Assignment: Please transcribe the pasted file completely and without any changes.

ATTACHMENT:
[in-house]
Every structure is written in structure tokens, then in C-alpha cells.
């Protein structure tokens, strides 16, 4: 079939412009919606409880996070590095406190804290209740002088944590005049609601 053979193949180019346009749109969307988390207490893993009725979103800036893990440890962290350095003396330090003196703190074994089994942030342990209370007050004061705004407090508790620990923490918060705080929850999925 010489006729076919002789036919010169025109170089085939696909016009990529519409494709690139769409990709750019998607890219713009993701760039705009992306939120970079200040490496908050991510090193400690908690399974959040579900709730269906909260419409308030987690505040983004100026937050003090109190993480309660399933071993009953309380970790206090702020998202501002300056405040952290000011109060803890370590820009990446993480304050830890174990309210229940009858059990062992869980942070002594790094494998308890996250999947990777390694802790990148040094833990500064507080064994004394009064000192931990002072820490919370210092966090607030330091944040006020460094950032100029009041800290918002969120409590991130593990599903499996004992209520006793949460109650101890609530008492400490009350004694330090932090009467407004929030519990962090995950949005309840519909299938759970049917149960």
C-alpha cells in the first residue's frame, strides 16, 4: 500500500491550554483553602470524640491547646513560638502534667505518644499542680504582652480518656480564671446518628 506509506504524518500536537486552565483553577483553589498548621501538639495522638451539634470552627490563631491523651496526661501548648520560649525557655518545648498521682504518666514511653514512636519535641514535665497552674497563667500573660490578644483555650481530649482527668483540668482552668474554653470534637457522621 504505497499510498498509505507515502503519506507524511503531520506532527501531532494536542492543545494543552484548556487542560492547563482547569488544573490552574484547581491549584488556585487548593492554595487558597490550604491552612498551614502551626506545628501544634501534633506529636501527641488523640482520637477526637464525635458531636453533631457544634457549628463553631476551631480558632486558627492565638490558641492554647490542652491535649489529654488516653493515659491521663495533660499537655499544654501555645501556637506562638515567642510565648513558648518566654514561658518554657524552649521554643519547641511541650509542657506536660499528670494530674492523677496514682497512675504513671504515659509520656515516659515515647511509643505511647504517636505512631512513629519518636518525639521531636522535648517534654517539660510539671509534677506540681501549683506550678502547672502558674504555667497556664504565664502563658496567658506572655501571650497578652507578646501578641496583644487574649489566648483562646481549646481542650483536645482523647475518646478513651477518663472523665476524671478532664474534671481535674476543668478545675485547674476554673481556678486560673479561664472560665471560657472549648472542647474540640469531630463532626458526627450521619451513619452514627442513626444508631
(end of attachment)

[in-house]
Every structure is written in structure tokens, then in C-alpha cells.
């Protein structure tokens, strides 16, 4: 079939412009919606409880996070590095406190804290209740002088944590005049609601 053979193949180019346009749109969307988390207490893993009725979103800036893990440890962290350095003396330090003196703190074994089994942030342990209370007050004061705004407090508790620990923490918060705080929850999925 010489006729076919002789036919010169025109170089085939696909016009990529519409494709690139769409990709750019998607890219713009993701760039705009992306939120970079200040490496908050991510090193400690908690399974959040579900709730269906909260419409308030987690505040983004100026937050003090109190993480309660399933071993009953309380970790206090702020998202501002300056405040952290000011109060803890370590820009990446993480304050830890174990309210229940009858059990062992869980942070002594790094494998308890996250999947990777390694802790990148040094833990500064507080064994004394009064000192931990002072820490919370210092966090607030330091944040006020460094950032100029009041800290918002969120409590991130593990599903499996004992209520006793949460109650101890609530008492400490009350004694330090932090009467407004929030519990962090995950949005309840519909299938759970049917149960």
C-alpha cells in the first residue's frame, strides 16, 4: 500500500491550554483553602470524640491547646513560638502534667505518644499542680504582652480518656480564671446518628 506509506504524518500536537486552565483553577483553589498548621501538639495522638451539634470552627490563631491523651496526661501548648520560649525557655518545648498521682504518666514511653514512636519535641514535665497552674497563667500573660490578644483555650481530649482527668483540668482552668474554653470534637457522621 504505497499510498498509505507515502503519506507524511503531520506532527501531532494536542492543545494543552484548556487542560492547563482547569488544573490552574484547581491549584488556585487548593492554595487558597490550604491552612498551614502551626506545628501544634501534633506529636501527641488523640482520637477526637464525635458531636453533631457544634457549628463553631476551631480558632486558627492565638490558641492554647490542652491535649489529654488516653493515659491521663495533660499537655499544654501555645501556637506562638515567642510565648513558648518566654514561658518554657524552649521554643519547641511541650509542657506536660499528670494530674492523677496514682497512675504513671504515659509520656515516659515515647511509643505511647504517636505512631512513629519518636518525639521531636522535648517534654517539660510539671509534677506540681501549683506550678502547672502558674504555667497556664504565664502563658496567658506572655501571650497578652507578646501578641496583644487574649489566648483562646481549646481542650483536645482523647475518646478513651477518663472523665476524671478532664474534671481535674476543668478545675485547674476554673481556678486560673479561664472560665471560657472549648472542647474540640469531630463532626458526627450521619451513619452514627442513626444508631